Citrus can be grown from seed and they will be true to the parent plant (this is how they grow in their natural habitat), but they can take up to 15 years to fruit, so perhaps these plants are something for those with patience and a long-term plan. Tropical in origin, most citrus like a warm growing position, although hardy lemons will grow well in a cooler spot. Remember the roots are of prime importance, so the soil needs to be free-draining.
Heavier soils need to be well-prepared at planting time with the addition of scoria, gypsum and sheep pellets in the bottom of the hole. Place the tree in the hole, but ensure the top part of the root ball it is above ground level so the soil can be mounded up slightly, say 4-6cm, to cover the roots. Remember, though, that mounding means curving the soil layer up around the tree, and a layer of mulch on top will ensure no roots are exposed.
Pruning should be done in autumn, but most trees require very little; just the removal of dead wood and a slight opening up of the branches so sunlight can get in to help improve the crop. If you’re worried about bug infestations, try surrounding the trees with plantings of aromatics such as rosemary, thyme and sage outside the root line. If you notice nibbled leaves, especially on new growth, slugs are the likely culprit.
All in all, we’re lucky to have a climate where citrus will grow happily between subtropicals and deciduous trees in much of the country. And if you have relatives in the UK, send them a postcard of you sitting beneath a healthy fruiting citrus, because sometimes it’s nice to have the greenest grass.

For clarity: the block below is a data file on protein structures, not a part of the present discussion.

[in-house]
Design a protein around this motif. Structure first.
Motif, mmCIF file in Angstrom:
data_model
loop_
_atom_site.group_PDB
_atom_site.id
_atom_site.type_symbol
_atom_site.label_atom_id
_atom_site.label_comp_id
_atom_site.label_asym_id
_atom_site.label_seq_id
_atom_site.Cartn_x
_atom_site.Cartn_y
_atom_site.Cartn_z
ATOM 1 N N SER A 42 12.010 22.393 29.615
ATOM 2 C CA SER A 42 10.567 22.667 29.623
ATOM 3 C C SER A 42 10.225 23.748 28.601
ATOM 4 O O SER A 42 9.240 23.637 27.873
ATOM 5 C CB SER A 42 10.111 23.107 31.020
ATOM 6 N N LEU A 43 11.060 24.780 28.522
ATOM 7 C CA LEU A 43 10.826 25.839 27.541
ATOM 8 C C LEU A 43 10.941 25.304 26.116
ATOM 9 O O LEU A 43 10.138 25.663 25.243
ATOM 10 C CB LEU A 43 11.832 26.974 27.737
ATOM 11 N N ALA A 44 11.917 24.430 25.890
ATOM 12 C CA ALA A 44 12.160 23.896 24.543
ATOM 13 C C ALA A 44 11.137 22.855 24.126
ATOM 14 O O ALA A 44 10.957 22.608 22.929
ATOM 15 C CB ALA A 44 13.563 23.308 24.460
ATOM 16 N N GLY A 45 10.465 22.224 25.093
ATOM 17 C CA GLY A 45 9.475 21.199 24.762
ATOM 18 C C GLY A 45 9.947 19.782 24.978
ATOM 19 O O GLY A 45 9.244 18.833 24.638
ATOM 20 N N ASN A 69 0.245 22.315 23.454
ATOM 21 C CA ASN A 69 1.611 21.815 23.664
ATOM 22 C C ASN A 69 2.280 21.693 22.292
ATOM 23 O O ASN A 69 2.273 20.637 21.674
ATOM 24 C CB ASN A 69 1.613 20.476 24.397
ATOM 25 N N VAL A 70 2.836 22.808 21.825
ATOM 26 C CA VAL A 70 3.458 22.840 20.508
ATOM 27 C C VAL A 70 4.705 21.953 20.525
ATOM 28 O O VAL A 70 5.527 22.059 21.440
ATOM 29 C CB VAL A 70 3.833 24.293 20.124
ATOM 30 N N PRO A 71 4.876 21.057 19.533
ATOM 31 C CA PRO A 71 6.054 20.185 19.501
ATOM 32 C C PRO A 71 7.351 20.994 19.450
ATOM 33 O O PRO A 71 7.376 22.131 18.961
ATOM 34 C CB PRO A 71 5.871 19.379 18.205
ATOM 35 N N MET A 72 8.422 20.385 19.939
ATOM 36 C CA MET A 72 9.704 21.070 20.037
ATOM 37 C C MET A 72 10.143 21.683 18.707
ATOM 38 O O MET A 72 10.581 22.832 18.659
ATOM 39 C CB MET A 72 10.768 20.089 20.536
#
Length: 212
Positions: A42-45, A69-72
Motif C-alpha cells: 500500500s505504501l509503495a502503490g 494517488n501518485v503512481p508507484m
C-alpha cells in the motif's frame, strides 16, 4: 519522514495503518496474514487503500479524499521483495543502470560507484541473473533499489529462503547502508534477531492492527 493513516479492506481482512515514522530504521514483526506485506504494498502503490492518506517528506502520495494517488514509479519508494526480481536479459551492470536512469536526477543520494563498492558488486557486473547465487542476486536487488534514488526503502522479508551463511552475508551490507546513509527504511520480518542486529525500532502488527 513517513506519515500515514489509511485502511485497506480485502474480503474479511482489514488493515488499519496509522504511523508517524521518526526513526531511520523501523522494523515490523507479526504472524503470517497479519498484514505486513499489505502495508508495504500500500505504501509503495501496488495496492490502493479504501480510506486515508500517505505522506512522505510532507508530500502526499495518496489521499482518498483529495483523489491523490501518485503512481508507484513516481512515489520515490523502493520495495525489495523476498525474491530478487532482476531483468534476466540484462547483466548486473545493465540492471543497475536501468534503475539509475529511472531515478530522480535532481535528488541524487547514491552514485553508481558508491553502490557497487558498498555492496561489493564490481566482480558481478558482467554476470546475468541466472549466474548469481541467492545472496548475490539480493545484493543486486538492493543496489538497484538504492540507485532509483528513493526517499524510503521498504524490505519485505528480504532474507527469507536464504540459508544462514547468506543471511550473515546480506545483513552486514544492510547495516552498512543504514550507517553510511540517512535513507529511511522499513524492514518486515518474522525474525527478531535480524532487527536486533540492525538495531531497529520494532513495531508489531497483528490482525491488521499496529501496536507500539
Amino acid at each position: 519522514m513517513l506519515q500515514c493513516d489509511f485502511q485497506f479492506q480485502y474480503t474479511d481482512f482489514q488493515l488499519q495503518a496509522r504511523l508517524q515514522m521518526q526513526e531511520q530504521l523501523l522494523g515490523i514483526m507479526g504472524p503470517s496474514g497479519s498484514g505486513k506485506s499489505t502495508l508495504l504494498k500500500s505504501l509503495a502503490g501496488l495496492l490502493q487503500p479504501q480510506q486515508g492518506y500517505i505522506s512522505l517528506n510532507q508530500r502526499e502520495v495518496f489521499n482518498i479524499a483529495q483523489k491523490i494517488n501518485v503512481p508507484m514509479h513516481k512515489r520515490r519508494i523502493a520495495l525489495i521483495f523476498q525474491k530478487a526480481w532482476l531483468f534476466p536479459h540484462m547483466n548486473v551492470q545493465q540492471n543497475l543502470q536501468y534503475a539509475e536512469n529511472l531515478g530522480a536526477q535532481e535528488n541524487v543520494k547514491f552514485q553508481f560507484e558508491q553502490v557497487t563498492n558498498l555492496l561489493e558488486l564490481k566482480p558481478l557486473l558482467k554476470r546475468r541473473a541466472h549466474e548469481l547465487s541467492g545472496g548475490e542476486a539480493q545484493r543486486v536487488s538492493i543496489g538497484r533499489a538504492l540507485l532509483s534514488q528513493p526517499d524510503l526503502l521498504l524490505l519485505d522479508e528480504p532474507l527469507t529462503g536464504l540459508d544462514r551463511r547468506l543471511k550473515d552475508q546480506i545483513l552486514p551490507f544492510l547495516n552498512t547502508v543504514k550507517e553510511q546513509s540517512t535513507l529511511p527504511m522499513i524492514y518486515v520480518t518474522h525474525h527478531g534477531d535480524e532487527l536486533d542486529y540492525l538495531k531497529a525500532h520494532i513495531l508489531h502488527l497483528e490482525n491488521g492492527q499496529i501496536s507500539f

CITRUS FOR YOUR GARDEN
Citrus recommendations for New Zealand gardens from Simon Jurisich of specialist growers Kwan Citrus Nurseries.
MEYER: the sweetest all-round lemon and the most popular backyard tree.
LISBON, GENOA: proper lemons with a true bitter taste that is ideal when making lemonade or limoncello or for cooks wanting a strong tangy flavour.
BEARS, TAHITIAN: very similar fruit; these are the limes you’re most likely to find in a drink.
KUSAINE: not as well known, this lime is a better performer in home gardens and comes highly recommended.
Like a lemon, but can be peeled and eaten or squeezed fresh to have as an unsweetened drink. Grows best north of Nelson. It will grow further south, but it’s a bit slow to take.
One of the most tropical citrus, it prefers temperatures around 30°C in the summer months to get a true deep colour. It will grow in cooler climates, and although the flavour will be good, the colour may disappoint. A new variety, kara kara, is popular in Australia, which has led to increased interest here.
CARTERS, HARWOOD (late fruiter),
WASHINGTON: traditional favourites.
FUKUMOTO, NAVELINA: modern varieties (easy to grow; they have fewer pips).
SATSUMA: puffy easy-peel skins.
ENCORE: tighter skins, but the fruit last longer on the tree.
CLEMENTINE: easy-peel skins, but they’re tighter than satsuma.
SEVILLE: looks like an orange but very bitter; used for marmalade. One tree is plenty.
GOLDEN SPECIAL: bitter and sweet, as a good grapefruit should be.